Our Relationship With the Natural Environment we Live in is Paramount
Our current industrial farming practices are unsustainable.
Nearly all vegetables are takers – not givers – of nutrients from soil. Therefore, farmers need to constantly replenish their soils to keep them from going fallow. Historically, farmers would accomplish this by rotating their crops: planting restorative nitrogen-fixing legumes in some fields to give them a year off from production. However, this practice is no longer possible in today’s climate where time and costs are paramount. So today’s farmers use external fertilizers between and sometimes during planting.
This is not an acceptable method of producing plants for consumption because it is in antithesis to which fosters an healthy relationship with the natural environment we live in. For starters, those external fertilizers are not providing the plants with the actual raw ingredients to grow into the phytonutrient and antioxidant packed powerhouses meant to sustain us. Furthermore, both our internal microbiome and the greater biome of the environment is missing out on the incredibly beneficial process of biomass production that occurs naturally in nature and is a critical step in producing healthy plant food in an agricultural setting.
External input-intensive monocropping is an ecologically unsustainable means of feeding the world’s growing population. In 1967, there were 3.5 billion people on the planet. In 2018, there were well over 7.6 billion – twice as many humans needing to be feed. During the same period, scientists estimate we lost one-third of our arable land to erosion or pollution. Moreover, much of the arable land in agricultural production today is being used to support the demands of the growing global meat consumption. In the next 40 years, the population is expected to increase by 3 billion people. These 3 billion people would require a landmass the size of Brazil in farmland to be fed. This amount of farmland does not exist. So there is a flaw in our current production of food. What about our consumption of it? And are these two things interchangeable?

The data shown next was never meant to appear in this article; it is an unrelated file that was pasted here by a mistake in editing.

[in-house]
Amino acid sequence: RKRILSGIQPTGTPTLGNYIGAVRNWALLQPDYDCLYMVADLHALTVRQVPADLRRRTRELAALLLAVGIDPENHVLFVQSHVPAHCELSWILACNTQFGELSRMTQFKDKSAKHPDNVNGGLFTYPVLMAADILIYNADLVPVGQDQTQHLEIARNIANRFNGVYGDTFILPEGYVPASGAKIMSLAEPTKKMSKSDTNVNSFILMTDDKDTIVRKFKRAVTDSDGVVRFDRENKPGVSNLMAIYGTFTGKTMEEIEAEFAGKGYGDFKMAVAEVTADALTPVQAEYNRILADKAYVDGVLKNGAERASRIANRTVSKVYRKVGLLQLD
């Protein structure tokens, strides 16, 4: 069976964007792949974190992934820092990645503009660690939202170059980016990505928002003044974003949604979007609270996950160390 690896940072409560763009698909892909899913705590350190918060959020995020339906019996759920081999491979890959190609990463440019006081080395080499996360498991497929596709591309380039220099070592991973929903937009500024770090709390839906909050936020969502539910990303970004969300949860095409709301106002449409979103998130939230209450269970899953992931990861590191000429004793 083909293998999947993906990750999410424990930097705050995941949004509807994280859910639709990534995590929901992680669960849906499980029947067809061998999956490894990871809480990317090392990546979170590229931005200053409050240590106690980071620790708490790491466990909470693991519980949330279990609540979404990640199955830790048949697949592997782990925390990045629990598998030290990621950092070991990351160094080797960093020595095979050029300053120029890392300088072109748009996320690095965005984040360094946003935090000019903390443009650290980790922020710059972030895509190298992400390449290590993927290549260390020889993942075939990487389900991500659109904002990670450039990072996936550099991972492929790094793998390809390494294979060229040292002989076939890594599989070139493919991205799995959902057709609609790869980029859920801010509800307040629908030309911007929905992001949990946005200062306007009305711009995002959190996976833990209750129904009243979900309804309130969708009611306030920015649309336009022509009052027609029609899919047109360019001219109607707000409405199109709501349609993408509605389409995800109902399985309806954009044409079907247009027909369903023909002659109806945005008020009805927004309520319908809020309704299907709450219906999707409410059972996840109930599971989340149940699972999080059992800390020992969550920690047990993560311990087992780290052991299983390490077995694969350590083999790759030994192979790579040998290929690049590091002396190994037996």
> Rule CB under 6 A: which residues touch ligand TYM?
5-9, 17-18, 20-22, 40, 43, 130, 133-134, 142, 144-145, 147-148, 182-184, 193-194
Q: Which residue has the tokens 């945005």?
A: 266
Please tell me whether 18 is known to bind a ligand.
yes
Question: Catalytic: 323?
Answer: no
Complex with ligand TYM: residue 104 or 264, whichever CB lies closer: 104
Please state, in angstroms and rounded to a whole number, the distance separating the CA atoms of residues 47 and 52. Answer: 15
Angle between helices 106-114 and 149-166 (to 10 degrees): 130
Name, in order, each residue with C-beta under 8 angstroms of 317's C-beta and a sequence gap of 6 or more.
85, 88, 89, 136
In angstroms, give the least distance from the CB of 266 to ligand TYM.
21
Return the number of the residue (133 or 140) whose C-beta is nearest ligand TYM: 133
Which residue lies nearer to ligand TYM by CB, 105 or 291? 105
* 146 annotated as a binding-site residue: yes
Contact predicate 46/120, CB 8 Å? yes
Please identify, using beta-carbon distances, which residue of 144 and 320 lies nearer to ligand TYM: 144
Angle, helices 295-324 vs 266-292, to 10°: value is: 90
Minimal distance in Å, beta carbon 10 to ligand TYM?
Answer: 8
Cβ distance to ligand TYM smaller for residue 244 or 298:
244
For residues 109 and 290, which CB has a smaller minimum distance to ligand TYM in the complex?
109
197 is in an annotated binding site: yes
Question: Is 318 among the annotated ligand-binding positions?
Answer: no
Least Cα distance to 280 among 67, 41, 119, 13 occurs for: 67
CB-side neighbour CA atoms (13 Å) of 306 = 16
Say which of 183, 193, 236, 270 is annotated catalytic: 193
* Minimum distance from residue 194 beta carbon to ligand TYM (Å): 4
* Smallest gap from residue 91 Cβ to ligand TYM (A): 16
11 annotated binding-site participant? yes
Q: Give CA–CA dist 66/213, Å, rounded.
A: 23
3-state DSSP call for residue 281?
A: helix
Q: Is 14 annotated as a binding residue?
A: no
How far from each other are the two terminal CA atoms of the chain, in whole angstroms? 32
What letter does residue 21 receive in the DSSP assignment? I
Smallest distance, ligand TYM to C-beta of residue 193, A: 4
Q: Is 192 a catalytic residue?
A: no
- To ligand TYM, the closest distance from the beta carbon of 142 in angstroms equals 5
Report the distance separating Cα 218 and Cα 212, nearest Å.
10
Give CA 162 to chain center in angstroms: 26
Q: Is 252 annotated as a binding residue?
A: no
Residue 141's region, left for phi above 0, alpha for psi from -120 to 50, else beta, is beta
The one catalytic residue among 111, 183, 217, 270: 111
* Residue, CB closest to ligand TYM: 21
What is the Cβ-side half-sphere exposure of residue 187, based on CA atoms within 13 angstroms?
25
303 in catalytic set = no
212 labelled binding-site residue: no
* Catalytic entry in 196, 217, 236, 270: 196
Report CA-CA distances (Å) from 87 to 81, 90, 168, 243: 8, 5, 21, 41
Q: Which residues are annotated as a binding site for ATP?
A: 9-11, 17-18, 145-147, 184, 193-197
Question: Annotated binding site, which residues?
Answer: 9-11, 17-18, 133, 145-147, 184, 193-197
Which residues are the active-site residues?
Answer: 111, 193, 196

Consuming natural food in a manner that promotes a beneficial relationship with the environment can be addressed in a number of ways. One of the best things we can do is to bring into our diets the economical, nutritious, soil-replenishing plants of the legume family. While legumes pull nutrients from the soil as they grow like most plants, they also pull nitrogen from the air and put it back into the soil, leaving it a bit more fertile for the next crop. In some cases, legumes also have constituents that are not good for us when we digest them. However, the process of fermentation reduces or entirely removes these anti-nutrients and toxins while also unlocking the nutrients for us.
There are 13,000 species of legumes, but humans have chosen to eat only about two dozen of them. All beans are legumes, but not all legumes are beans. Legumes include the entire bean family plus other ferment-friendlies like chickpeas, lentils, mesquite, soybeans, and peanuts. Legumes are an excellent source of protein, carbohydrates, fiber, vitamins, minerals, and phytochemicals. In incorporating legumes more into our diet, we’re taking a small step towards a more sustainable food system. And as we keep in mind the health of environment we’re inadvertently improving our own health in the process.
Shockey, K., & Shockey, C. (2019). Miso, tempeh, natto, & other tasty ferments: a step-by-step guide to fermenting grains and beans. Storey Publishing: Pages 3, 37-38.